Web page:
Image source: LendingTree.

What happened

Shares of LendingTree, Inc. (NASDAQ:TREE) stock plummeted as much as 18% in early Thursday trading before finding their footing and recovering some of their losses midday. As of 2 p.m. EDT, though, the stock was still down nearly 15% as investors objected to a Q3 earnings report featuring an earnings miss and a weak forecast for the rest of this year.

So what

LendingTree reported 36% sales growth over Q3 2015, which sounds great, but Wall Street had hoped for more. The $94.6 million in revenue reaped during the quarter fell short of analysts' $96.9 million consensus estimate. Pro forma earnings of $0.80 per share likewise missed estimates of $0.83. GAAP earnings came in at $0.57 per share.

Management put a brave face on the results, with CEO Doug Lebda highlighting "record profitability along with year-over-year revenue growth," and "record revenue from non-mortgage products," which grew 60% year over year. Regardless, the earnings miss hzurt, and was made worse by the fact that GAAP earnings actually declined 3% year over year. It didn't help that management issued new guidance for full-year 2016, calling for revenues of $370 million to $375 million, roughly 3% below previous expectations.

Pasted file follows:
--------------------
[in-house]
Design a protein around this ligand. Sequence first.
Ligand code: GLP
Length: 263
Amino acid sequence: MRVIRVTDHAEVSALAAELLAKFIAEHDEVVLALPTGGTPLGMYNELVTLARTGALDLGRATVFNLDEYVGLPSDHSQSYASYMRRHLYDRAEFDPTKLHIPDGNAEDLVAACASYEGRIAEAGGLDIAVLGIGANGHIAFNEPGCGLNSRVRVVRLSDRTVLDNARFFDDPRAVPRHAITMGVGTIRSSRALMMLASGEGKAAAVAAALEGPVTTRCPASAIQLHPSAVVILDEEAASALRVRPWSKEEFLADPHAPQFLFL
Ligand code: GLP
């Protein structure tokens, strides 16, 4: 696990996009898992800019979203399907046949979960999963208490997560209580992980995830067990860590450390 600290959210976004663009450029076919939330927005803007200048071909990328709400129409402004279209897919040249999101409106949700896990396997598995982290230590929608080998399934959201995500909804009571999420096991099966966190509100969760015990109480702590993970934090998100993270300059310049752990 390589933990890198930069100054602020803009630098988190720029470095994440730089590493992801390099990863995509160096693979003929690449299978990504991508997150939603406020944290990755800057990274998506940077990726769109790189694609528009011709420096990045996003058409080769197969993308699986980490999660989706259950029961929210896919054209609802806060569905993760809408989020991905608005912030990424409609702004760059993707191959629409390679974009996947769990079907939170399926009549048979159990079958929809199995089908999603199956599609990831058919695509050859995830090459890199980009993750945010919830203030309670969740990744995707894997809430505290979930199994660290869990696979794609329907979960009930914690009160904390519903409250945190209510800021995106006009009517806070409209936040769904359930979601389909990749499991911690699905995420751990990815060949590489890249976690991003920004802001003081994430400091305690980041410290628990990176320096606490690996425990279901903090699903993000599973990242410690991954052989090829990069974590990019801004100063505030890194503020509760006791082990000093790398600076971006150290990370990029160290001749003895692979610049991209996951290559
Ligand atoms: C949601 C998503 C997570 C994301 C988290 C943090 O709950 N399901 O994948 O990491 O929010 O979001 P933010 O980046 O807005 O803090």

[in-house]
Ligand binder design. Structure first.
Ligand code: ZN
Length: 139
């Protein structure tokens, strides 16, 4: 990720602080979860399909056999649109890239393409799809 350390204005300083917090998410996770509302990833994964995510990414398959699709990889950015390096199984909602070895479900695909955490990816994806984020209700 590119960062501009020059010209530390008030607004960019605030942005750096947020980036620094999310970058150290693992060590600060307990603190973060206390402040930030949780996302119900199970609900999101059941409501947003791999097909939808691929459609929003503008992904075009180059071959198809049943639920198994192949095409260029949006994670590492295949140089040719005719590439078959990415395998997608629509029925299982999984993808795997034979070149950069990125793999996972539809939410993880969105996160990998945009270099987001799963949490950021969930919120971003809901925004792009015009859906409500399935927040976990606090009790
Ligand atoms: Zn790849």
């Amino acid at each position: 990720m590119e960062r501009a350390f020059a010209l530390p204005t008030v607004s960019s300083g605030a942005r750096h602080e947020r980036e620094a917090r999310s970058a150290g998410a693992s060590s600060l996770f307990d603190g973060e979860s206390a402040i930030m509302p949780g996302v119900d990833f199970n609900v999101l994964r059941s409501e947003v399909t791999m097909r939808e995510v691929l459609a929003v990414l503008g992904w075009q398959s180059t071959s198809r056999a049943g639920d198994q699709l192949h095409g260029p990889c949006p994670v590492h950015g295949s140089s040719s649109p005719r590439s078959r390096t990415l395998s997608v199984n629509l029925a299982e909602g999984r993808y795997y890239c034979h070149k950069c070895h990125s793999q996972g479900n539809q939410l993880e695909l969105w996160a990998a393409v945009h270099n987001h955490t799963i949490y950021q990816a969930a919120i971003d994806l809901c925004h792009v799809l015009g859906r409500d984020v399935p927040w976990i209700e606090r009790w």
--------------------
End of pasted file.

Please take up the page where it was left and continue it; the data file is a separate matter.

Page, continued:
Now what

With $52.2 million in trailing profits (per S&P Global Market Intelligence data) and a market capitalization of $1.08 billion, LendingTree stock currently sells for a price-to-earnings (P/E) ratio of just 20.6. Net out the company's $177 million in cash, with no debt, and the stock's ex-cash P/E ratio is an even more attractive 17.2.

With LendingTree growing revenues strongly in Q3 -- if perhaps not quite as strong as Wall Street had hoped -- and continuing to promise revenue growth in the mid-40s percentile for the year as a whole, LendingTree stock looks attractively priced after today's sell-off. Attractive, that is to say, if the company can succeed in growing profits at something approaching the rate at which it continues to grow revenue.

Whether it succeeds in that task, however, remains to be seen.

This article represents the opinion of the writer, who may disagree with the “official” recommendation position of a Motley Fool premium advisory service. We’re motley! Questioning an investing thesis -- even one of our own -- helps us all think critically about investing and make decisions that help us become smarter, happier, and richer.